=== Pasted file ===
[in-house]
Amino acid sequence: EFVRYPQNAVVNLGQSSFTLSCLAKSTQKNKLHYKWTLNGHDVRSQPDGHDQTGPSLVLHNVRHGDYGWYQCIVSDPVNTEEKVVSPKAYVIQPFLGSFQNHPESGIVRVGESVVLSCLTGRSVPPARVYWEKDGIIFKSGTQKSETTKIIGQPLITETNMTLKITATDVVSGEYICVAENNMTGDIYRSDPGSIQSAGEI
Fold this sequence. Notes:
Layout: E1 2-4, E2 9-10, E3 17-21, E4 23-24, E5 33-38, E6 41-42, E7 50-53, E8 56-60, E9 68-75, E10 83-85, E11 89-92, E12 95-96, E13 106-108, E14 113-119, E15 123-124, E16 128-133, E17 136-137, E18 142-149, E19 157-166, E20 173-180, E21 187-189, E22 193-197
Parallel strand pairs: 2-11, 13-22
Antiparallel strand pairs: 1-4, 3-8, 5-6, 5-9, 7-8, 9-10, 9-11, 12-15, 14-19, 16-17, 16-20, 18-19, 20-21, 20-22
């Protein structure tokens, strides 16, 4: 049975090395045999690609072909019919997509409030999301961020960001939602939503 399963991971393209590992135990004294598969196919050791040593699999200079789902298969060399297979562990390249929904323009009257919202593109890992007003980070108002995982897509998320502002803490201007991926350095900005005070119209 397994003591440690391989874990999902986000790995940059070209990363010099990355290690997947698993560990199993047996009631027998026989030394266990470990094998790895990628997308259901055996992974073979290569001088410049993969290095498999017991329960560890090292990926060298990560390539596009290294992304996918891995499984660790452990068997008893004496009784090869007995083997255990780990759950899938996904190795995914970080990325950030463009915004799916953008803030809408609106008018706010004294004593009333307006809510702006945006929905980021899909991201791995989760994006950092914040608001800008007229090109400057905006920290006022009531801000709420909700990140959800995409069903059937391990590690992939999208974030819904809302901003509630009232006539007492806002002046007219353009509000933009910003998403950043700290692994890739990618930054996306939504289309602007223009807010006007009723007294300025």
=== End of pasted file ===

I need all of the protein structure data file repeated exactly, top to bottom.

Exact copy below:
[in-house]
Amino acid sequence: EFVRYPQNAVVNLGQSSFTLSCLAKSTQKNKLHYKWTLNGHDVRSQPDGHDQTGPSLVLHNVRHGDYGWYQCIVSDPVNTEEKVVSPKAYVIQPFLGSFQNHPESGIVRVGESVVLSCLTGRSVPPARVYWEKDGIIFKSGTQKSETTKIIGQPLITETNMTLKITATDVVSGEYICVAENNMTGDIYRSDPGSIQSAGEI
Fold this sequence. Notes:
Layout: E1 2-4, E2 9-10, E3 17-21, E4 23-24, E5 33-38, E6 41-42, E7 50-53, E8 56-60, E9 68-75, E10 83-85, E11 89-92, E12 95-96, E13 106-108, E14 113-119, E15 123-124, E16 128-133, E17 136-137, E18 142-149, E19 157-166, E20 173-180, E21 187-189, E22 193-197
Parallel strand pairs: 2-11, 13-22
Antiparallel strand pairs: 1-4, 3-8, 5-6, 5-9, 7-8, 9-10, 9-11, 12-15, 14-19, 16-17, 16-20, 18-19, 20-21, 20-22
């Protein structure tokens, strides 16, 4: 049975090395045999690609072909019919997509409030999301961020960001939602939503 399963991971393209590992135990004294598969196919050791040593699999200079789902298969060399297979562990390249929904323009009257919202593109890992007003980070108002995982897509998320502002803490201007991926350095900005005070119209 397994003591440690391989874990999902986000790995940059070209990363010099990355290690997947698993560990199993047996009631027998026989030394266990470990094998790895990628997308259901055996992974073979290569001088410049993969290095498999017991329960560890090292990926060298990560390539596009290294992304996918891995499984660790452990068997008893004496009784090869007995083997255990780990759950899938996904190795995914970080990325950030463009915004799916953008803030809408609106008018706010004294004593009333307006809510702006945006929905980021899909991201791995989760994006950092914040608001800008007229090109400057905006920290006022009531801000709420909700990140959800995409069903059937391990590690992939999208974030819904809302901003509630009232006539007492806002002046007219353009509000933009910003998403950043700290692994890739990618930054996306939504289309602007223009807010006007009723007294300025």